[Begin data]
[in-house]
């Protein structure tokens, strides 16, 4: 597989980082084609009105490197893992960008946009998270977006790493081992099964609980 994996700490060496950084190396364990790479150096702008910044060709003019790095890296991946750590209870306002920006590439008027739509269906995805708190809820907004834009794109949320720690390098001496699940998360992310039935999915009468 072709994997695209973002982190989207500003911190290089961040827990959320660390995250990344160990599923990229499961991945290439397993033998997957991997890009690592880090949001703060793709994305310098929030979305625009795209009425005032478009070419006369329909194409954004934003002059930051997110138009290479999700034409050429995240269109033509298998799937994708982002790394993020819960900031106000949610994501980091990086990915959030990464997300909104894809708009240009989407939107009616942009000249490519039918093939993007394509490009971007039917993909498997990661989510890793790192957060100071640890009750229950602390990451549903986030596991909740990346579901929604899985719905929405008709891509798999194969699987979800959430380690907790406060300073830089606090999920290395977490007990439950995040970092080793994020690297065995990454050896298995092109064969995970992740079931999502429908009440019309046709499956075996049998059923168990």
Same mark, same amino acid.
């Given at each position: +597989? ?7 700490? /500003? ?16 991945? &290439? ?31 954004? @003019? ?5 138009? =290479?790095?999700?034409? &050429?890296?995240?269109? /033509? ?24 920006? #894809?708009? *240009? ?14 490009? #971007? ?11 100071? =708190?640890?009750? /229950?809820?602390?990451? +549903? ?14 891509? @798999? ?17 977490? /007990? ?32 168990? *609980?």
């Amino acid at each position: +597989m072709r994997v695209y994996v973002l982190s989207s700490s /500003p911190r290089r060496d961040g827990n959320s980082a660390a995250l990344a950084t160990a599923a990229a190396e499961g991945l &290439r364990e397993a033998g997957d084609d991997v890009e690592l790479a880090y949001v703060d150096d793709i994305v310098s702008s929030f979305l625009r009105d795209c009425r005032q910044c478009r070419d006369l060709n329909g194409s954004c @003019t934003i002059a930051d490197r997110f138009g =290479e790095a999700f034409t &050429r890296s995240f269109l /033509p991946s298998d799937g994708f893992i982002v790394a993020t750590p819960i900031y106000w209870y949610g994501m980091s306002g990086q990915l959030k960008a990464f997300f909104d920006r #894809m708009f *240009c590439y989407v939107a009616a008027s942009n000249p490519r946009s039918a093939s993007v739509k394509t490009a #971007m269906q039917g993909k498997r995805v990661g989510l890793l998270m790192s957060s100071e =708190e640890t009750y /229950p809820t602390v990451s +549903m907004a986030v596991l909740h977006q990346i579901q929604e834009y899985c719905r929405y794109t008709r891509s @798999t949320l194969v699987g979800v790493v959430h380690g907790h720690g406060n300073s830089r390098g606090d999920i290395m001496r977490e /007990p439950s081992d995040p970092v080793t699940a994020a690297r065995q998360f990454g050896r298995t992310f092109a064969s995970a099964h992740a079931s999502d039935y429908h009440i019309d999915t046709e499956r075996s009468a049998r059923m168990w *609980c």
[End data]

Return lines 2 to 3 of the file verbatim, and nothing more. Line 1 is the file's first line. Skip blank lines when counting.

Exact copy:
């Protein structure tokens, strides 16, 4: 597989980082084609009105490197893992960008946009998270977006790493081992099964609980 994996700490060496950084190396364990790479150096702008910044060709003019790095890296991946750590209870306002920006590439008027739509269906995805708190809820907004834009794109949320720690390098001496699940998360992310039935999915009468 072709994997695209973002982190989207500003911190290089961040827990959320660390995250990344160990599923990229499961991945290439397993033998997957991997890009690592880090949001703060793709994305310098929030979305625009795209009425005032478009070419006369329909194409954004934003002059930051997110138009290479999700034409050429995240269109033509298998799937994708982002790394993020819960900031106000949610994501980091990086990915959030990464997300909104894809708009240009989407939107009616942009000249490519039918093939993007394509490009971007039917993909498997990661989510890793790192957060100071640890009750229950602390990451549903986030596991909740990346579901929604899985719905929405008709891509798999194969699987979800959430380690907790406060300073830089606090999920290395977490007990439950995040970092080793994020690297065995990454050896298995092109064969995970992740079931999502429908009440019309046709499956075996049998059923168990």
Same mark, same amino acid.